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Does it crowd out private charity?

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Does it crowd out private charity?

Our monetary system?
Yes. The central banks’ measures aim to increase prices by two percent per year. Constant inflation represents an irresistible incentive to take on debt. High debt makes the economy vulnerable to crises. Over time, central banks have therefore taken on the role of an all-powerful bail-out authority that protects the monetary system from collapse. This de facto full insurance commitment from the central banks has led to people leveraging ever larger portions of their savings through borrowed capital and putting them into the financial sector. This means there is less money left for donations. The financialization of society causes private charity to wither.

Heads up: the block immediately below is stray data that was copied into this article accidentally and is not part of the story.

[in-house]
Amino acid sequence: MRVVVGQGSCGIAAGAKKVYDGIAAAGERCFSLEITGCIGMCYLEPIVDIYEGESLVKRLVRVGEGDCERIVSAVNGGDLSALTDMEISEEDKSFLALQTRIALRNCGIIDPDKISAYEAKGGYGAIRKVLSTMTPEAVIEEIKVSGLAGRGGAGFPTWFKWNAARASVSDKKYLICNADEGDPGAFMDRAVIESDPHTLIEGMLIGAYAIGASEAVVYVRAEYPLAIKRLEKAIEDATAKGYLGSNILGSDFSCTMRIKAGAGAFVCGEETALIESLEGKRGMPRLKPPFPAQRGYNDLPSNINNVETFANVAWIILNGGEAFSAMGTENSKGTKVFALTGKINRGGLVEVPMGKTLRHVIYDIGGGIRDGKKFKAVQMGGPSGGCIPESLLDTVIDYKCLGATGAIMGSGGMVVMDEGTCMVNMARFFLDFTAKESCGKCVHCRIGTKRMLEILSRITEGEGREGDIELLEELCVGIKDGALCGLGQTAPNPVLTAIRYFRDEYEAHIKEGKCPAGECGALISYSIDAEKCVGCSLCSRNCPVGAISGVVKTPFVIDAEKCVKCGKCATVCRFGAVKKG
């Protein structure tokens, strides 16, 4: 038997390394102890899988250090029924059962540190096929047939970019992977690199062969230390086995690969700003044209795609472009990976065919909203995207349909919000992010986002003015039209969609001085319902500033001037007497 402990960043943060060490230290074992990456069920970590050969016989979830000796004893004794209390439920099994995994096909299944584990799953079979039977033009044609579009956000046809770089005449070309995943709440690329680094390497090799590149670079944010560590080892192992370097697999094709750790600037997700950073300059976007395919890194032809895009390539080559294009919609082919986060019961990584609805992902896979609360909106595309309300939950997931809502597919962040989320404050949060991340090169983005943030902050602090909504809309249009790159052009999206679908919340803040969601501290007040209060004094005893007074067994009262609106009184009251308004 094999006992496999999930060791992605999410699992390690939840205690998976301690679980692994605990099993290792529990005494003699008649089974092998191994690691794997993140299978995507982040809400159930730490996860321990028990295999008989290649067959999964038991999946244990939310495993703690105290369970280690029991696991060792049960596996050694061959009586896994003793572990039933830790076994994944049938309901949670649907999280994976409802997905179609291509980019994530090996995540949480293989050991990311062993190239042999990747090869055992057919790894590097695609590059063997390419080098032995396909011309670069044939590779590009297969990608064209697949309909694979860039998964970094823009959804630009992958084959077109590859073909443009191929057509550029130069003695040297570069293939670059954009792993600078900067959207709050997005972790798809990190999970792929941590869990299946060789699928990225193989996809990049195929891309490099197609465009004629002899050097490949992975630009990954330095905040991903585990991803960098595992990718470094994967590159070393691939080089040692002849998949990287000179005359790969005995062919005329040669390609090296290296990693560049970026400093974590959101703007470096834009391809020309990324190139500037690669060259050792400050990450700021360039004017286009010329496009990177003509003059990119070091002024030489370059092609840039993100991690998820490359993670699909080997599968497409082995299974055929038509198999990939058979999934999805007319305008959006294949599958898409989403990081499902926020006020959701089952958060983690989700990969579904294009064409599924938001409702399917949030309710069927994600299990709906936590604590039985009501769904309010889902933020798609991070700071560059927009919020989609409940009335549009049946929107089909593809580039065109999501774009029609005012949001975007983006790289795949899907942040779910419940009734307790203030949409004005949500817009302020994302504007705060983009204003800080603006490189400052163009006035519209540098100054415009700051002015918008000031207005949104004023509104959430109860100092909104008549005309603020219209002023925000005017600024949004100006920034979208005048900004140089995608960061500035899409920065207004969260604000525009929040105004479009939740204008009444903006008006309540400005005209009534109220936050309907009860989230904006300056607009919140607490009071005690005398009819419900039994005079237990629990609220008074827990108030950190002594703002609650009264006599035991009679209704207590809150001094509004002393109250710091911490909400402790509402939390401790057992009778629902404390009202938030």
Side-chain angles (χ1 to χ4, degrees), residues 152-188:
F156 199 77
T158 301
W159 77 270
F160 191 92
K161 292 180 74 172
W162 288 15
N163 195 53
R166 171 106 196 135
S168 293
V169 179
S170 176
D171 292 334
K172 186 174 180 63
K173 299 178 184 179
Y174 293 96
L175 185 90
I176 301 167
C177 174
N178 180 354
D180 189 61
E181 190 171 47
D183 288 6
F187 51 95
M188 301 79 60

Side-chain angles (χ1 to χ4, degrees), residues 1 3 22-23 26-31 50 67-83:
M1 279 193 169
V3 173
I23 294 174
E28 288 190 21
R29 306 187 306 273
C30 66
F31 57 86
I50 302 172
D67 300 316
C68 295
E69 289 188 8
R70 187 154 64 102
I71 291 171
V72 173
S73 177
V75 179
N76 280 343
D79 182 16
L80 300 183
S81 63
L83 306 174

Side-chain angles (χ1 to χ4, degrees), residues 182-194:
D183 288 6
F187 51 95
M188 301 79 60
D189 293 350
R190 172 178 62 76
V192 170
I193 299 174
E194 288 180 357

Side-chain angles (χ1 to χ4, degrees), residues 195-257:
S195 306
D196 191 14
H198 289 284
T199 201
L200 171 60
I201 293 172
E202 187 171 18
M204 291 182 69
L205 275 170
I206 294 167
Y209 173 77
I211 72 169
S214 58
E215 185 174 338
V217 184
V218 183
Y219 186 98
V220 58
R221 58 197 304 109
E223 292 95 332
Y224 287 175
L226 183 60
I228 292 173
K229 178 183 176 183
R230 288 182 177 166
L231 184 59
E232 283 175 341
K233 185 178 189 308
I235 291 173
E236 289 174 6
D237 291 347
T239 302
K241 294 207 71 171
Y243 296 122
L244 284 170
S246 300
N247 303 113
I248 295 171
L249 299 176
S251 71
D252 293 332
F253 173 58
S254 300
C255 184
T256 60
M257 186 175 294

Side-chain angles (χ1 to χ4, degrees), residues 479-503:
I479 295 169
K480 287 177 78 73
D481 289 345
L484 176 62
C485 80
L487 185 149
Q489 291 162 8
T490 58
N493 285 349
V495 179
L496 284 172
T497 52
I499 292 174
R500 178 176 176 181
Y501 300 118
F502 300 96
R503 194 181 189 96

Also read: That’s why the ECB is targeting two percent inflation

There are always considerations of forcing the production of free goods through state coercion. A compulsory social year for young people, for example, that strengthens social cohesion.
Forcing people to do something is always fundamentally bad. This also applies to the provision of free services. There is only real solidarity if it is based on voluntariness. By imposing a state obligation to provide free goods, people are not trained to be generous, but rather to be obedient.

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